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Title: Silencing dissent : a comparative study of criminalising political expression and conflict transformation
Author: Kirkpatrick, Daniel
ISNI:       0000 0004 7228 1278
Awarding Body: University of Kent
Current Institution: University of Kent
Date of Award: 2017
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This thesis analyses the relationship between criminalising political expression and conflict transformation. It begins with a discussion of traditional approaches to researching crime in conflict contexts, arguing that the assumptions of state legitimacy and 'criminal' illegitimacy are particularly problematic in the contested contexts of deeply divided societies. Instead, drawing on critical legal and criminological research, it argues that through considering the process by which such categories of 'crime' are created - criminalisation - it is possible to analyse the contested role they can have. This means taking crime to embody a social construction which contributes towards a wider social reality of crime and the criminal. How this takes effect is through what the thesis describes as the interaction between formal criminalisation - the legal processes which codify and embody legal norms and principles established by a government - and informal criminalisation - the social reality of the formal process which is given expression through the way it is implemented, interpreted, resisted, or accepted by the wider population. From the perspective of conflict transformation, conflict is not the problem but rather encapsulates a problem, and frequently embodies at least part of the solution. Indeed it is through dialogue and communication which transformation can occur (both constructively and destructively), and so the thesis narrowed its focus onto the criminalisation of political expression. Criminalising political expression, therefore, can directly shape the nature of an intergroup conflict in deeply divided societies undermining the ability of actors to find a peaceful resolution to their conflict, or potentially enhancing it depending on how it operates. Accordingly the thesis argues that this can be distinguished into an explanatory typology of three 'targets' of criminalisation: identity, activity, and violence. These, together with the nature of informal criminalisation, have important implications for conflict transformation depending on the context. Through considering four conflict contexts which criminalisation responds towards - namely non-violent movements, collective political violence, negotiations, and peacebuilding - the thesis argues that when criminalisation targets non-violent political expression it will likely undermine conflict transformation in the short and long-term by closing down opportunities for dialogue, contributing towards intergroup polarisation, and dehumanising actors. On the other hand, criminalising political violence may facilitate conflict transformation, but this depends on the legitimacy of criminal justice and the nature of its enforcement. Employing an interpretivist methodology, the research involved an in-depth comparative analysis of the case studies of Northern Ireland and South Africa through poststructuralist discourse analysis and practice tracing, drawing on original interviews with key actors, and archival research. Furthermore, the thesis then employed a small-n study of Belgium, Canada, Turkey, and Sri Lanka to consider how this theoretical relationship between conflict transformation and criminalising political expression applies to crucial, typical, and counterfactual cases. The thesis concludes by discussing the implications these findings have for a number of policy areas including criminalising non-violent extremism and legacy issues associated with criminal records for political offences.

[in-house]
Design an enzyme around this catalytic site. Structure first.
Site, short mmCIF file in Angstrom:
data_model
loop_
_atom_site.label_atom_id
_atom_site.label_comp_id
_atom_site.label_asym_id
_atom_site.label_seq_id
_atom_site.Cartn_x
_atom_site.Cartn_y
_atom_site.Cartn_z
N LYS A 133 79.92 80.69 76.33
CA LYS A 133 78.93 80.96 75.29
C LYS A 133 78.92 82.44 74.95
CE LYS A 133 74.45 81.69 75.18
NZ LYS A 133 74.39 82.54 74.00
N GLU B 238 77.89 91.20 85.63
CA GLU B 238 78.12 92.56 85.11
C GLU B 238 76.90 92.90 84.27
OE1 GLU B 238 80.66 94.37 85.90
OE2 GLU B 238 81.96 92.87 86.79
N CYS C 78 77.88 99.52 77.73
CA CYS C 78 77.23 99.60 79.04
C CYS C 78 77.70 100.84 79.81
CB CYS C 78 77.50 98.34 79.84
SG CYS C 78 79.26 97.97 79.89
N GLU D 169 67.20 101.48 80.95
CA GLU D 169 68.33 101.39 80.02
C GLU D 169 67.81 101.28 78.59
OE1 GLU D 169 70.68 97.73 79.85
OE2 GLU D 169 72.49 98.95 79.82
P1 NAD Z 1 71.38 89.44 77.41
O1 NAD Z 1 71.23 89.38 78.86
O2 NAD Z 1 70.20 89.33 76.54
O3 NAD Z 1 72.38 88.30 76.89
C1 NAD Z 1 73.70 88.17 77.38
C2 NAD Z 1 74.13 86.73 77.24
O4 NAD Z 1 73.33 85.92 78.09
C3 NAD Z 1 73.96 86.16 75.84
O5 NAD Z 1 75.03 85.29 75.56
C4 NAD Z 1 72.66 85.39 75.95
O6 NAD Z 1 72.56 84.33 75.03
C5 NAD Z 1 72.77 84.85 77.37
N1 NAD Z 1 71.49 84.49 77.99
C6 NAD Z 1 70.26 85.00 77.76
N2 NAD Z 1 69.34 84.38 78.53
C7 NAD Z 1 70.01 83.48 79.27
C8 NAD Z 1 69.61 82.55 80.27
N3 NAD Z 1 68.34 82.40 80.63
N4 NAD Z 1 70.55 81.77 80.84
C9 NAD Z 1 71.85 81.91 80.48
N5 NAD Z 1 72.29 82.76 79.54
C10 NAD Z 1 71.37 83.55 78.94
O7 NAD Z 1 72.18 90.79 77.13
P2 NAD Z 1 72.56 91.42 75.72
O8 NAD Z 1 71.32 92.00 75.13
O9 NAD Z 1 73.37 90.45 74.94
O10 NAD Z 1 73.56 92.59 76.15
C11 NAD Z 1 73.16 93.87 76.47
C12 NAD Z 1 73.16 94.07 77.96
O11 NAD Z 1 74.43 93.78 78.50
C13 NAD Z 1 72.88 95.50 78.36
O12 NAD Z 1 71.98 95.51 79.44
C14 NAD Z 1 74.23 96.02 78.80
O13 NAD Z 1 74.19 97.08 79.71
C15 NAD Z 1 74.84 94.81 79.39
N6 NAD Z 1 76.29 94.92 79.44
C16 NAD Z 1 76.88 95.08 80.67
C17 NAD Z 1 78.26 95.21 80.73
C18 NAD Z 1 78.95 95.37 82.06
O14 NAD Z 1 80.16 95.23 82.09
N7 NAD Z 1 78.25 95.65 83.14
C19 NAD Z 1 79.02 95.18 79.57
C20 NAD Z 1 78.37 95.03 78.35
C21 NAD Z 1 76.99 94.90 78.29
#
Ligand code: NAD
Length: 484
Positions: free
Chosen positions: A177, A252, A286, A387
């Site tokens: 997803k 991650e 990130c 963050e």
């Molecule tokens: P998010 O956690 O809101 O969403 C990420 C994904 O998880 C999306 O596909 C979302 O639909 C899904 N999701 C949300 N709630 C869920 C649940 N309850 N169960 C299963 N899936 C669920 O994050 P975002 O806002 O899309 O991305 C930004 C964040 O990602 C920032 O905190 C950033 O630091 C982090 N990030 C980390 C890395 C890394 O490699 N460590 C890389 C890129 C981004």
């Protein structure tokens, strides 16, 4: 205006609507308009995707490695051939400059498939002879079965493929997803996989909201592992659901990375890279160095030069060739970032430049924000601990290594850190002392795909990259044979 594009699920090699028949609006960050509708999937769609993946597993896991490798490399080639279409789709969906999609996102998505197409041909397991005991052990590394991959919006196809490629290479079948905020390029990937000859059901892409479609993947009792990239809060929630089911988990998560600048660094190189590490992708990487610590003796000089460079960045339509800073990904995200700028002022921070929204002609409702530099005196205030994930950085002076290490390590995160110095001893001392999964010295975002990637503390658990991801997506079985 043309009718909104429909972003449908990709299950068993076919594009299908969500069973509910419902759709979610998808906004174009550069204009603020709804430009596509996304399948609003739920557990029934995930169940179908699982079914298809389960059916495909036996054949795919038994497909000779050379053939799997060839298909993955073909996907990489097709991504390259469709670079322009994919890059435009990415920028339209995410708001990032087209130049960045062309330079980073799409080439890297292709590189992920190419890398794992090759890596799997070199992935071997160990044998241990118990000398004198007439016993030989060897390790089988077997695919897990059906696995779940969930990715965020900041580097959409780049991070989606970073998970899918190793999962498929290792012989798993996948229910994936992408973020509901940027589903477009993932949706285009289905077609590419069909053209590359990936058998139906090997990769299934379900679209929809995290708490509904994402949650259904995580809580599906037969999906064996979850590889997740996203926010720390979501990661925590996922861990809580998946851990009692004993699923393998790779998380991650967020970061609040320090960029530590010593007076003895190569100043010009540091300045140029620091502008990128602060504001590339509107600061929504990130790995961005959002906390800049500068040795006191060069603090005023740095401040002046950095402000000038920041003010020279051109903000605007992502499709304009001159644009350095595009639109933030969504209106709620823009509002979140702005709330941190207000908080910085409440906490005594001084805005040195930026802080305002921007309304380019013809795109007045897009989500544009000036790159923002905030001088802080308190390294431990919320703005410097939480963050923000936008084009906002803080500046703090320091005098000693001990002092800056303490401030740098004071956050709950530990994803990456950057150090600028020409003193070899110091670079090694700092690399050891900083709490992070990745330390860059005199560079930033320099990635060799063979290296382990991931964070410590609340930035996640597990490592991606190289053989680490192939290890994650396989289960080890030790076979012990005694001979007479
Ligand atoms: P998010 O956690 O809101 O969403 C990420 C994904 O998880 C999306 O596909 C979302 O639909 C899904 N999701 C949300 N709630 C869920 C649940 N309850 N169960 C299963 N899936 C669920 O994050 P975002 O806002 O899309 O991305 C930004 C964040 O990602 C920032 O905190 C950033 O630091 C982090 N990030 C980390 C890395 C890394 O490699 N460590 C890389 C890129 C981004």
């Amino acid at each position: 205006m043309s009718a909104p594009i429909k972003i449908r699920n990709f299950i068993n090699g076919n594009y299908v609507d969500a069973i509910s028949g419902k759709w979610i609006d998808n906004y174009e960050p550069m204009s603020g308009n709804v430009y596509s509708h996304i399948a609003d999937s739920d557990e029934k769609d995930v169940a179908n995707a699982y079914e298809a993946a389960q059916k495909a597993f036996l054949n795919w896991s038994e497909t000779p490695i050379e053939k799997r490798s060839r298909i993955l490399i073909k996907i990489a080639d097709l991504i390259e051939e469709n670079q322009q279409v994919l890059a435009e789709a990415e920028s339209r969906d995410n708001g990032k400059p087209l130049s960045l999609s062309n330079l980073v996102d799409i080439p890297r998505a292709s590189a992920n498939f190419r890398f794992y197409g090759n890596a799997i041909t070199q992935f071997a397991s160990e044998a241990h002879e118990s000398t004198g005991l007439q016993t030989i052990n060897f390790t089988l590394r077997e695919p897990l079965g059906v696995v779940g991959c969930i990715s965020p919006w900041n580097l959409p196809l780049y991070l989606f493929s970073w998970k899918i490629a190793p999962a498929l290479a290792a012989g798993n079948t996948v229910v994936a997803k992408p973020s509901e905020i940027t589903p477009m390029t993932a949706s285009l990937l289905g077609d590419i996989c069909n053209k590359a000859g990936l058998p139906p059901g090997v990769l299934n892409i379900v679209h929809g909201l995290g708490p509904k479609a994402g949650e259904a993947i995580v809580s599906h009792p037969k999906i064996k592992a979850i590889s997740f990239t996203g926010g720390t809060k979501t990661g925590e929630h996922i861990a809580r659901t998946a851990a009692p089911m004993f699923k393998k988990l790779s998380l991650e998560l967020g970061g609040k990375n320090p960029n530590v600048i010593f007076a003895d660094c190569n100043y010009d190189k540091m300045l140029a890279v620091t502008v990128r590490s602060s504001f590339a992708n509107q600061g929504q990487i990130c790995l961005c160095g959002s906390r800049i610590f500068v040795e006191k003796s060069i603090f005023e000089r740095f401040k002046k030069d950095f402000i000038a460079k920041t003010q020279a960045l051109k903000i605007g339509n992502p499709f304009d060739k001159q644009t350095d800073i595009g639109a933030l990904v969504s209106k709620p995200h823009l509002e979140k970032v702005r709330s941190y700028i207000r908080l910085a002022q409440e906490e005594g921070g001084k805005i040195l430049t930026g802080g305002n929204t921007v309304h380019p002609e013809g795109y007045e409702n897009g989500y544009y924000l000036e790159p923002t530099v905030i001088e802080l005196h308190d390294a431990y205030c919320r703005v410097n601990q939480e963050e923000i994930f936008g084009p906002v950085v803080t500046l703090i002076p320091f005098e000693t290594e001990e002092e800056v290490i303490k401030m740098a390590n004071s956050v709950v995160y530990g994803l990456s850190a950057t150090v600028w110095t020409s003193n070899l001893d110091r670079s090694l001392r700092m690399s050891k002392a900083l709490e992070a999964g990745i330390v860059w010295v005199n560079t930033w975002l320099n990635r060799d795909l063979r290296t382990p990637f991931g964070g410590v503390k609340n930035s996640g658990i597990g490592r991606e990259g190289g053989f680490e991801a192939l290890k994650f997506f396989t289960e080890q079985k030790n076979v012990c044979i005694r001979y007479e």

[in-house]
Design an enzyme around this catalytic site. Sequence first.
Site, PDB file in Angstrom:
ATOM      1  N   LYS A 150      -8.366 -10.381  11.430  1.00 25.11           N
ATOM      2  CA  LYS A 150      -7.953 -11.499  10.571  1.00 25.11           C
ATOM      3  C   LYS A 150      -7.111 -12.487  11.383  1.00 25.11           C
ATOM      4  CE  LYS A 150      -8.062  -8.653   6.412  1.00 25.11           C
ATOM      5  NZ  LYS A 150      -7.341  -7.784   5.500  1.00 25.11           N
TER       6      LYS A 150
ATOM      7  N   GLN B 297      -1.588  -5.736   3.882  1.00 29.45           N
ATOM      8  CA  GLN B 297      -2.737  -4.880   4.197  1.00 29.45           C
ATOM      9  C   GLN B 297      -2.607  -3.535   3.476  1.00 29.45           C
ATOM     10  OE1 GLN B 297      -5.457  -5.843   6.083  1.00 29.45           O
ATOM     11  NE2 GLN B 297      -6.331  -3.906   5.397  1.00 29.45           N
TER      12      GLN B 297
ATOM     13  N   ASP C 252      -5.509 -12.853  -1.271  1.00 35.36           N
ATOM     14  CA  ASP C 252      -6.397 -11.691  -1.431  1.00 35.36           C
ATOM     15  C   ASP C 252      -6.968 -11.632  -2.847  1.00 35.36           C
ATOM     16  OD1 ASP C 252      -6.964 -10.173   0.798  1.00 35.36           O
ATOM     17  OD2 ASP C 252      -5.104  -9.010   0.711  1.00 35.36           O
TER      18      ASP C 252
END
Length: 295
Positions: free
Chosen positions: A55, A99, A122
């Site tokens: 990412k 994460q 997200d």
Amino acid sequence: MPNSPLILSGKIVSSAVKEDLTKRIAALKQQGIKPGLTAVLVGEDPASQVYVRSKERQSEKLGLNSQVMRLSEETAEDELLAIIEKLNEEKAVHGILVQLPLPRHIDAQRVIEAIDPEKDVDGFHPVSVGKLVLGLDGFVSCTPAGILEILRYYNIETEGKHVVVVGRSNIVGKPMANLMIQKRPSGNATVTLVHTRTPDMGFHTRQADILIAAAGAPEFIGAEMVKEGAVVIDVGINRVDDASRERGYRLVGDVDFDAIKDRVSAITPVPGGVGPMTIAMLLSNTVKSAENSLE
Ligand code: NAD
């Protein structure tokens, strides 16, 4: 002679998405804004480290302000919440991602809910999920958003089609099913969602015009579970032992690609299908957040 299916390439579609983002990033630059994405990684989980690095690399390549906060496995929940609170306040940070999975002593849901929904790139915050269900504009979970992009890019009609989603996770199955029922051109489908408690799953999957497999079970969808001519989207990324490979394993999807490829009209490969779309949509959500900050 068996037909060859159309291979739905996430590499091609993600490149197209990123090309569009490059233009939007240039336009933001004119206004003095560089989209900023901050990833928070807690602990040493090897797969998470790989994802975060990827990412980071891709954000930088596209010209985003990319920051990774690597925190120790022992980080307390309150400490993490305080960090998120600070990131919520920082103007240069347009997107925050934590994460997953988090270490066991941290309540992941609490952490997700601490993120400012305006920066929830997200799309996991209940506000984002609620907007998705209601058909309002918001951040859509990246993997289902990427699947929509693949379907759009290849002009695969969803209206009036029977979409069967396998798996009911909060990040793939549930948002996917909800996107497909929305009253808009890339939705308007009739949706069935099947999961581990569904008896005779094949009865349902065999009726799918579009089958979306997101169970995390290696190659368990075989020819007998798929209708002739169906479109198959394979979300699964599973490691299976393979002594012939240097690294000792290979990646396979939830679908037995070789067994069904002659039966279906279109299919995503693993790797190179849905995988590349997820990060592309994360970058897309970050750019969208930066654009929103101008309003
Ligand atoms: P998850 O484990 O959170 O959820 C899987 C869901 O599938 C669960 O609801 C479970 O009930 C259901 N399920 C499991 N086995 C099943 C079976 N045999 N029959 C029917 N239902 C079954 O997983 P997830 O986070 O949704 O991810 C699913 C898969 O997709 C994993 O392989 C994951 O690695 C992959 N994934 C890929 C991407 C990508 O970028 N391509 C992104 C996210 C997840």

Supervisor: Cochrane, Feargal ; Toros, Harmonie Sponsor: Not available
Qualification Name: Thesis (Ph.D.) Qualification Level: Doctoral
EThOS ID:  DOI: Not available